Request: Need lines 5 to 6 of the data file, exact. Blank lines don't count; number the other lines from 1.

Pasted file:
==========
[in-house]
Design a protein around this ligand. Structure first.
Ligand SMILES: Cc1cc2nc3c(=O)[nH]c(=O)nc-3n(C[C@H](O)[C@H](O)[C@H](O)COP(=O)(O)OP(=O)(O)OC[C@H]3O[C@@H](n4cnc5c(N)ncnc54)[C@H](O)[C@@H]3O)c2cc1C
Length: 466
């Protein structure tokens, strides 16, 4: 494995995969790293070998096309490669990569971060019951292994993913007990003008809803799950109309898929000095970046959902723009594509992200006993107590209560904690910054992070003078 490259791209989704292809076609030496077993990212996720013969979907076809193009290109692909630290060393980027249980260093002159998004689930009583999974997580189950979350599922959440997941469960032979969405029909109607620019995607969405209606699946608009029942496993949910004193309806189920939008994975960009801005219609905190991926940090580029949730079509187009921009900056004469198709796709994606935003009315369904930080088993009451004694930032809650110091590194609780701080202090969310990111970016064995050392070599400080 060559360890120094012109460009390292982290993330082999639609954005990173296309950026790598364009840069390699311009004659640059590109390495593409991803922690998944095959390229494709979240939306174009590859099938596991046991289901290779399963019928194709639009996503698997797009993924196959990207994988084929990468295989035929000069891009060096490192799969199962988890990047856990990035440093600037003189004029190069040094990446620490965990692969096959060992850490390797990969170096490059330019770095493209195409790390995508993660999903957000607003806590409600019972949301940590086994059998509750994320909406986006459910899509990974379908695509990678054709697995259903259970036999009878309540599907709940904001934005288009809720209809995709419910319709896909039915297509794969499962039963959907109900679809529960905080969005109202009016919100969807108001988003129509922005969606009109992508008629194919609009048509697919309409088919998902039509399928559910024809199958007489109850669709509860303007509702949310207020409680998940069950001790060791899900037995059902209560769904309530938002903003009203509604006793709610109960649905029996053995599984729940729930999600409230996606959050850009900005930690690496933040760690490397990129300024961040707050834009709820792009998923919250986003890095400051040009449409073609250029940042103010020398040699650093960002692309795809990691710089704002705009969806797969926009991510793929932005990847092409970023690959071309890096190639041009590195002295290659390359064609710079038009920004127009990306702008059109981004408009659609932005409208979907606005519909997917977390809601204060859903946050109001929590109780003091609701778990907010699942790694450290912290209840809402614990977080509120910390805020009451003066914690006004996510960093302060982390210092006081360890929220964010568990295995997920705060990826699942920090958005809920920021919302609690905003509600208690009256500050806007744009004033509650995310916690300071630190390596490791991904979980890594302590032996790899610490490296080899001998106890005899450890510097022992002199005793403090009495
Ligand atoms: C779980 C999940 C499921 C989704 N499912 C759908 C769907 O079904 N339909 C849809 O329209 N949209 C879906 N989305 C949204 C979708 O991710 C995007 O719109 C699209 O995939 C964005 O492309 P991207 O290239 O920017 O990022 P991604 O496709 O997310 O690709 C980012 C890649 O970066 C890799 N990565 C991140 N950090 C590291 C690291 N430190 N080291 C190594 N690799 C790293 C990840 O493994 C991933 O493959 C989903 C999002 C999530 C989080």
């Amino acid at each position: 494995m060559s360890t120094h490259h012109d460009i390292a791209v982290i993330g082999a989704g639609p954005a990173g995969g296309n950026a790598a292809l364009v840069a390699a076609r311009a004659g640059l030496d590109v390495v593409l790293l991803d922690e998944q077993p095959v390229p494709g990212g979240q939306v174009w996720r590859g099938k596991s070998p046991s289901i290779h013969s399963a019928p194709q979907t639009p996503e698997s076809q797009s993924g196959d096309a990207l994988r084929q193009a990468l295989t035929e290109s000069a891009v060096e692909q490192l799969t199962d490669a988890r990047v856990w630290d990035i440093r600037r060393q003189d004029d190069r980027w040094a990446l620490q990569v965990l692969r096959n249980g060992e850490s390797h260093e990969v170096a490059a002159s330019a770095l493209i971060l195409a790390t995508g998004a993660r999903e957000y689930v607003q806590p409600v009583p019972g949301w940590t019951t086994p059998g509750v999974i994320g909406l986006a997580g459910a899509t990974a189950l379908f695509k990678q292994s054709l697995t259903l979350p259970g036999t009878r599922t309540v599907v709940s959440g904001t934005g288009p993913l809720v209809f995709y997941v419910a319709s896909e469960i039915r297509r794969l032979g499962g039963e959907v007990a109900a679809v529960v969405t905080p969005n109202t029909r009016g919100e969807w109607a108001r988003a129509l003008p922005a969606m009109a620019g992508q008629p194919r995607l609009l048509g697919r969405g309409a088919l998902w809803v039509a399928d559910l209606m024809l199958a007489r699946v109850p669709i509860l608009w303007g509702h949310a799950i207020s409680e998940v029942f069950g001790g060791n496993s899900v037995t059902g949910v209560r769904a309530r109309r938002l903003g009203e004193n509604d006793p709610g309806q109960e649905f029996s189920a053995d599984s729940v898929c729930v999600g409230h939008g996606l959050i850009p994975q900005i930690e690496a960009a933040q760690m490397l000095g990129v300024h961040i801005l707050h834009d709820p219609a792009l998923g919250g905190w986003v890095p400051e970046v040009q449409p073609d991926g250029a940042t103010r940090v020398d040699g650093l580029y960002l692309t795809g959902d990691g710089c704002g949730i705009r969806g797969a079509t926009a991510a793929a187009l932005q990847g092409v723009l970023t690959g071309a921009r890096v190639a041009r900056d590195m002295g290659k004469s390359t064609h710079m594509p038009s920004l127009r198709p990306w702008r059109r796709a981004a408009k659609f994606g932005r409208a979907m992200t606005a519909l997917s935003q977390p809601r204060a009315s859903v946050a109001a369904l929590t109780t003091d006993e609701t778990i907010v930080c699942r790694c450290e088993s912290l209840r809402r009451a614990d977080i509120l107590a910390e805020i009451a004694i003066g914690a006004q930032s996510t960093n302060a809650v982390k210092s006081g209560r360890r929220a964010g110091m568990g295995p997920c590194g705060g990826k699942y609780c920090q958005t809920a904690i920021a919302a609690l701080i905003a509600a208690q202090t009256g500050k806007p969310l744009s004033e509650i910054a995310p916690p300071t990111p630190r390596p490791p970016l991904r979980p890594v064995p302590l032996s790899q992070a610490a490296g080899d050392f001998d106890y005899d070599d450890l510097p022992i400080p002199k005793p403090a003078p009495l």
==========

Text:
């Protein structure tokens, strides 16, 4: 494995995969790293070998096309490669990569971060019951292994993913007990003008809803799950109309898929000095970046959902723009594509992200006993107590209560904690910054992070003078 490259791209989704292809076609030496077993990212996720013969979907076809193009290109692909630290060393980027249980260093002159998004689930009583999974997580189950979350599922959440997941469960032979969405029909109607620019995607969405209606699946608009029942496993949910004193309806189920939008994975960009801005219609905190991926940090580029949730079509187009921009900056004469198709796709994606935003009315369904930080088993009451004694930032809650110091590194609780701080202090969310990111970016064995050392070599400080 060559360890120094012109460009390292982290993330082999639609954005990173296309950026790598364009840069390699311009004659640059590109390495593409991803922690998944095959390229494709979240939306174009590859099938596991046991289901290779399963019928194709639009996503698997797009993924196959990207994988084929990468295989035929000069891009060096490192799969199962988890990047856990990035440093600037003189004029190069040094990446620490965990692969096959060992850490390797990969170096490059330019770095493209195409790390995508993660999903957000607003806590409600019972949301940590086994059998509750994320909406986006459910899509990974379908695509990678054709697995259903259970036999009878309540599907709940904001934005288009809720209809995709419910319709896909039915297509794969499962039963959907109900679809529960905080969005109202009016919100969807108001988003129509922005969606009109992508008629194919609009048509697919309409088919998902039509399928559910024809199958007489109850669709509860303007509702949310207020409680998940069950001790060791899900037995059902209560769904309530938002903003009203509604006793709610109960649905029996053995599984729940729930999600409230996606959050850009900005930690690496933040760690490397990129300024961040707050834009709820792009998923919250986003890095400051040009449409073609250029940042103010020398040699650093960002692309795809990691710089704002705009969806797969926009991510793929932005990847092409970023690959071309890096190639041009590195002295290659390359064609710079038009920004127009990306702008059109981004408009659609932005409208979907606005519909997917977390809601204060859903946050109001929590109780003091609701778990907010699942790694450290912290209840809402614990977080509120910390805020009451003066914690006004996510960093302060982390210092006081360890929220964010568990295995997920705060990826699942920090958005809920920021919302609690905003509600208690009256500050806007744009004033509650995310916690300071630190390596490791991904979980890594302590032996790899610490490296080899001998106890005899450890510097022992002199005793403090009495
Ligand atoms: C779980 C999940 C499921 C989704 N499912 C759908 C769907 O079904 N339909 C849809 O329209 N949209 C879906 N989305 C949204 C979708 O991710 C995007 O719109 C699209 O995939 C964005 O492309 P991207 O290239 O920017 O990022 P991604 O496709 O997310 O690709 C980012 C890649 O970066 C890799 N990565 C991140 N950090 C590291 C690291 N430190 N080291 C190594 N690799 C790293 C990840 O493994 C991933 O493959 C989903 C999002 C999530 C989080």